I’m grateful for the details provided in your March 10 editorial, “Short-sighted NOAA cuts would have big impact.” A good case is made for how these cuts would seriously impact programs that benefit the state of Maine, and particularly its fisheries.

The EPA, since its founding under the administration of President Richard Nixon, has been a boon to the country, and especially to Maine. The Clean Air Act has reduced the ozone alerts that used to be commonplace in Acadia National Park. It has also almost eliminated smog, like we now see on pictures from Beijing, which was once commonplace in some American cities.

The Clean Air Act reduced mercury contamination of our waters, and the threat acid rain posed to our forests. Maine, located on the northeast corner of the country, has also been called the “Tailpipe State” because of the predominant southwesterly wind pattern that brings all emissions in our direction.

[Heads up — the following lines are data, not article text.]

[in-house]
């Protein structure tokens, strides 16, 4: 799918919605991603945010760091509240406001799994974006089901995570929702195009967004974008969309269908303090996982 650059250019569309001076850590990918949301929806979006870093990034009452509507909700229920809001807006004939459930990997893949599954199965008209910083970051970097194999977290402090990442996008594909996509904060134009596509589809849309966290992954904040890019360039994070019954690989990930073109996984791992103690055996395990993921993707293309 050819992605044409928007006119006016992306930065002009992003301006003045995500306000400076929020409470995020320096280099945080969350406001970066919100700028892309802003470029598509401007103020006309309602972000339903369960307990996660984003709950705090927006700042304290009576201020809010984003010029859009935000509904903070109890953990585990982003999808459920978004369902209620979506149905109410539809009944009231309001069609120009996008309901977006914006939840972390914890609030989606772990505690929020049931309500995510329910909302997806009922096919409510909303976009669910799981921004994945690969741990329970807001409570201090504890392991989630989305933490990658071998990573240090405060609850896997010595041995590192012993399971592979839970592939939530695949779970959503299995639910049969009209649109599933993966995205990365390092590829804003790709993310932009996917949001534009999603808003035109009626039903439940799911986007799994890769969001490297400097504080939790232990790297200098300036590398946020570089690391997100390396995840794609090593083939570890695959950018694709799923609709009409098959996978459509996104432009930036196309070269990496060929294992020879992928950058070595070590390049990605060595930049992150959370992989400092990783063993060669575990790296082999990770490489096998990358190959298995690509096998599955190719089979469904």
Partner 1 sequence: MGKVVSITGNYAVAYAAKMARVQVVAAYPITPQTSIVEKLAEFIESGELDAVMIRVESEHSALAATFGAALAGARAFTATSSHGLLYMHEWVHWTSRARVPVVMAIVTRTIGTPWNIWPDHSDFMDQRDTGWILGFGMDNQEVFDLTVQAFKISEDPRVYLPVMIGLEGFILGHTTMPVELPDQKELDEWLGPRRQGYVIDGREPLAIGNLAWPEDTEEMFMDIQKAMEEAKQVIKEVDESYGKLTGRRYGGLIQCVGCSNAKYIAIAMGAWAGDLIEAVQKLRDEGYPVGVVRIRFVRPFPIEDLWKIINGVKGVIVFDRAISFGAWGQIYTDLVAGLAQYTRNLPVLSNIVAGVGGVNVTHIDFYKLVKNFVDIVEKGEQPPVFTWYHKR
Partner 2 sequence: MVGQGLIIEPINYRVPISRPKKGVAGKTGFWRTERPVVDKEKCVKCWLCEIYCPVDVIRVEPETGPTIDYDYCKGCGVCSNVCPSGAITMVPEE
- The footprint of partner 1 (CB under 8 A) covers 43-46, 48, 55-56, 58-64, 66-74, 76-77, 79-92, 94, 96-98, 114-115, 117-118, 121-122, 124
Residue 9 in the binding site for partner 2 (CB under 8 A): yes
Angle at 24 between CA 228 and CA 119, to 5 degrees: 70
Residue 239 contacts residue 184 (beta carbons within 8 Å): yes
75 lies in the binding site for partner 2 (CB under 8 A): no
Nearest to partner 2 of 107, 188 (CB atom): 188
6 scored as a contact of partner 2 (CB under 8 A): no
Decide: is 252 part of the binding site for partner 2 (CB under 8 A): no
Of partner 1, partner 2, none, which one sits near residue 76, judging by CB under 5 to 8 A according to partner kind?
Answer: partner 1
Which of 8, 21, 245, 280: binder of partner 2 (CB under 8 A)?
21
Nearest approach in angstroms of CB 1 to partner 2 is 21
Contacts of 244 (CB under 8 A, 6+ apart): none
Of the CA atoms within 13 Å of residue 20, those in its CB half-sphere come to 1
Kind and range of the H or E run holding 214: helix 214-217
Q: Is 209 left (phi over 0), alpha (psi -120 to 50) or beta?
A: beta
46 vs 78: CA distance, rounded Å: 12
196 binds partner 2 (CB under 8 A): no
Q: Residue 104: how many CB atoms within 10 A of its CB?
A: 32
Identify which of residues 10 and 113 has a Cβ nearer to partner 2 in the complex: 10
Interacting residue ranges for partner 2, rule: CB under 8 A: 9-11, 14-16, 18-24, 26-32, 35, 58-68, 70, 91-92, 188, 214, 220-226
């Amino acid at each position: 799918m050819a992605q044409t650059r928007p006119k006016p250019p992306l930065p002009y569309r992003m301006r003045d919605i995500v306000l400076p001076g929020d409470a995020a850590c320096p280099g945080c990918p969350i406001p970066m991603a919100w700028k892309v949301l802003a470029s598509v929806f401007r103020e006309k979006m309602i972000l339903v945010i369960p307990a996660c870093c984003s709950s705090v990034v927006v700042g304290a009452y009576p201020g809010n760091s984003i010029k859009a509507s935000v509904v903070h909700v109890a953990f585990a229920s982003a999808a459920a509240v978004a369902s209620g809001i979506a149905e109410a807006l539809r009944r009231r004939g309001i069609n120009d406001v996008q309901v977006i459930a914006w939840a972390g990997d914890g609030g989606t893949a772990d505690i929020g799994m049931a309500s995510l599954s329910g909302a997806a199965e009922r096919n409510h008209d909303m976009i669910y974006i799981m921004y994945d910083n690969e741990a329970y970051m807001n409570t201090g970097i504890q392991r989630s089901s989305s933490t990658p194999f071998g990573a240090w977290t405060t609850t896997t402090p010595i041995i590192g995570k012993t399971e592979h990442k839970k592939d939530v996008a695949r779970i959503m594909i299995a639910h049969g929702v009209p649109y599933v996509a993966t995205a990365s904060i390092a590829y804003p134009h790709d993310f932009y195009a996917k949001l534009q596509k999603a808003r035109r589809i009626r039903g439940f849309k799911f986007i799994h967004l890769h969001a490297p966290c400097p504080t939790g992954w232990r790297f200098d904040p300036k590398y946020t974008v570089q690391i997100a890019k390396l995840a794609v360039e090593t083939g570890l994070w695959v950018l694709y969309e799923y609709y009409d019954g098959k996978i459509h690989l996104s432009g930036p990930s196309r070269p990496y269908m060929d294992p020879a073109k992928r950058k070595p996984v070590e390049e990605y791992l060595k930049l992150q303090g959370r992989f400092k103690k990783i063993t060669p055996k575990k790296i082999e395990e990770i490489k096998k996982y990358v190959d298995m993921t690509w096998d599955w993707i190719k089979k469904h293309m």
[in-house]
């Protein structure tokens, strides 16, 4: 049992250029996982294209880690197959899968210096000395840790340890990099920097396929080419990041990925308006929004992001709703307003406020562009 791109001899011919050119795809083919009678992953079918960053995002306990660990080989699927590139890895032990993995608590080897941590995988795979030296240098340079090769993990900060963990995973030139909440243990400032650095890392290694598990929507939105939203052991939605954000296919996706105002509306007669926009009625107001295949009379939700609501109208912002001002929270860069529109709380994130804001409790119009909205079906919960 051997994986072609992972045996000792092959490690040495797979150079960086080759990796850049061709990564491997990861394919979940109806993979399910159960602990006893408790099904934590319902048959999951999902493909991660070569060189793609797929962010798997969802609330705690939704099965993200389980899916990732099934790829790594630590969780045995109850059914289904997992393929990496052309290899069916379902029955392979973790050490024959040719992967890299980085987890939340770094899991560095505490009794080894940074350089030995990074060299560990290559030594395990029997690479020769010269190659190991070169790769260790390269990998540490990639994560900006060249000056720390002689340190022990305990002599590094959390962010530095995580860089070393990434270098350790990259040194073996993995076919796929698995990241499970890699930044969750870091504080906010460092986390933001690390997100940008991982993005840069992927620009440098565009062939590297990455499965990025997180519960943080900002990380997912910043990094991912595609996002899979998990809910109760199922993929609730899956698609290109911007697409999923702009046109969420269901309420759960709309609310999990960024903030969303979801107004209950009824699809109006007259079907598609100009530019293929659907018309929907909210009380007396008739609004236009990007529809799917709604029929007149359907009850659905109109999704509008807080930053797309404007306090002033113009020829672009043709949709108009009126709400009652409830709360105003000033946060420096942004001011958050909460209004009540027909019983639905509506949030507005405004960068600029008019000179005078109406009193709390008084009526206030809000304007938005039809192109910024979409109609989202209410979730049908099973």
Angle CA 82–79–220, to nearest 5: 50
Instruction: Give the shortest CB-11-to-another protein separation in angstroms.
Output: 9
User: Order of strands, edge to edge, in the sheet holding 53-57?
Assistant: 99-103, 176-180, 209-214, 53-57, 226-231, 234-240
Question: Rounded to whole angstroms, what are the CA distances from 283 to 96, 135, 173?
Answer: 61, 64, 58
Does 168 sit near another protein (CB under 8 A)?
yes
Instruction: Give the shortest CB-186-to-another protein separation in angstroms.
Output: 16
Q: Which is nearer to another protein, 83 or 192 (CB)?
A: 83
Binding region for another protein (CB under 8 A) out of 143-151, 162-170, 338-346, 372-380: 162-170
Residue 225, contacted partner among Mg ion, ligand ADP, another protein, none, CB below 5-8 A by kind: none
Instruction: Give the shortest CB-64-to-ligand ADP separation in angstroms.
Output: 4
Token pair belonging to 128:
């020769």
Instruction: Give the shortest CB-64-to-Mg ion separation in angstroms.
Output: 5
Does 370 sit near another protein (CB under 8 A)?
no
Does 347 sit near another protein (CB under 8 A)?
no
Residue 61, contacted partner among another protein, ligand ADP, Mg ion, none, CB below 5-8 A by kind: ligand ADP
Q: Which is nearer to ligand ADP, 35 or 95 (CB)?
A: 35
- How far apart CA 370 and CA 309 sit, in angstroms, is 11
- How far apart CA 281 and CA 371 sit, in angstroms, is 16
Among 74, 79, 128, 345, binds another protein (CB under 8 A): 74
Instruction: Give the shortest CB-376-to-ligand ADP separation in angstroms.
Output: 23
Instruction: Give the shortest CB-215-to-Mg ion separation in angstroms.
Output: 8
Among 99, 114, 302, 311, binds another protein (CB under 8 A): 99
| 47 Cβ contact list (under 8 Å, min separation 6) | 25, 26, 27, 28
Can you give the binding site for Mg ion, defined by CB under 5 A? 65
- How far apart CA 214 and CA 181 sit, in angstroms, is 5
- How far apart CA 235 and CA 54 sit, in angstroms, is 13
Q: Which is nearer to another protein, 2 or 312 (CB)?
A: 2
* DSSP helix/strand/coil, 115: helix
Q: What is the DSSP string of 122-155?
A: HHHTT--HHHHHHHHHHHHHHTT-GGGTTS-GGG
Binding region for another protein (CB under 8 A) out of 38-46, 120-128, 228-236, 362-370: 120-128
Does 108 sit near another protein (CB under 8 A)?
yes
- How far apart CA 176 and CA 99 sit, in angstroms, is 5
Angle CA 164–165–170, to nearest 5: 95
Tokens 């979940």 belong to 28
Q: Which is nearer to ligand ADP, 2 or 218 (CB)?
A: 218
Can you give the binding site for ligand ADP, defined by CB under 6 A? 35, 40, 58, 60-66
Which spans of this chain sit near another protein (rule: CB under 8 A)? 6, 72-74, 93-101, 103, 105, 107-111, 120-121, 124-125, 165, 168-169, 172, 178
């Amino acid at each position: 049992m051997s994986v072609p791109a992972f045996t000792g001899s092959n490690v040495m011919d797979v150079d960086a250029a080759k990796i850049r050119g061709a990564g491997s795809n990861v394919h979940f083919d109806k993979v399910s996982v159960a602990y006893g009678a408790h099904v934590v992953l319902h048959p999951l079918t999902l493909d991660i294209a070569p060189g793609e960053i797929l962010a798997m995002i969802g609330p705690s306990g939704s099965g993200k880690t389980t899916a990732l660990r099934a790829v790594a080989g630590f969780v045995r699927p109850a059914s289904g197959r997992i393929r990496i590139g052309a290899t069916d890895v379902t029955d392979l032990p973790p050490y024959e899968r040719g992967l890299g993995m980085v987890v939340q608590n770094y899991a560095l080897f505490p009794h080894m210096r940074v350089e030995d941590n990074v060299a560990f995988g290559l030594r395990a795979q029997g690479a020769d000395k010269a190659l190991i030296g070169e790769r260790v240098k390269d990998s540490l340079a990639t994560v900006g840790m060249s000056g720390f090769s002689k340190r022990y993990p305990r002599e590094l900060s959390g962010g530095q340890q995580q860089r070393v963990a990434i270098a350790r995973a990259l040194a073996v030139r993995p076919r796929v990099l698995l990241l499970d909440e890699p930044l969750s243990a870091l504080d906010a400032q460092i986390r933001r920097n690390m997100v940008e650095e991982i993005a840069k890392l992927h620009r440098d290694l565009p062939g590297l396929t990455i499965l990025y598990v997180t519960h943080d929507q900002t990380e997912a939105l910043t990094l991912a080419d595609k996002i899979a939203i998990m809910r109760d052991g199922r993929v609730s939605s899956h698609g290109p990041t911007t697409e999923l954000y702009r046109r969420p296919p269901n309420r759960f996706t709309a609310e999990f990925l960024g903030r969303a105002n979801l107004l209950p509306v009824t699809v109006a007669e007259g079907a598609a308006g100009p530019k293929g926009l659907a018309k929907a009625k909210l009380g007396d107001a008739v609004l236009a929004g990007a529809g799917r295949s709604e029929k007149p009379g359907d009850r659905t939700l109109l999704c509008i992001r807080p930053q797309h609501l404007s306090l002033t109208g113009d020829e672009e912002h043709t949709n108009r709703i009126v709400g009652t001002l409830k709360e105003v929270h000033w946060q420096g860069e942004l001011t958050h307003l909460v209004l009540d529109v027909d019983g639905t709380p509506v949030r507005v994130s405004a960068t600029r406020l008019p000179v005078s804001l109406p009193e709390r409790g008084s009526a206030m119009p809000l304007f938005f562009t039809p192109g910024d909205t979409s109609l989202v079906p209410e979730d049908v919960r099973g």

It is air pollution by carbon dioxide derived mostly from the burning of fossil fuels that has made our oceans more acidic, and raised their temperature, particularly in the Gulf of Maine.

Reducing carbon dioxide emissions was behind “The Conservative Case for Carbon Dividends” presented recently by senior Republicans. It proposed putting a price (a fee) on carbon dioxide emissions, and refunding all that money equally to every household as dividends.

The carbon dividends would allow everyone to afford the necessary increases in price that must come to even the playing field for renewable sources of energy. These are good reasons why Reps. Bruce Poliquin and Chellie Pingree should be eager to join the bipartisan Climate Solutions Caucus.

Peter Garrett, Ph.D.

Mid Maine Group Leader, Citizens’ Climate Lobby

ME, NH, VT States Coordinator

Winslow

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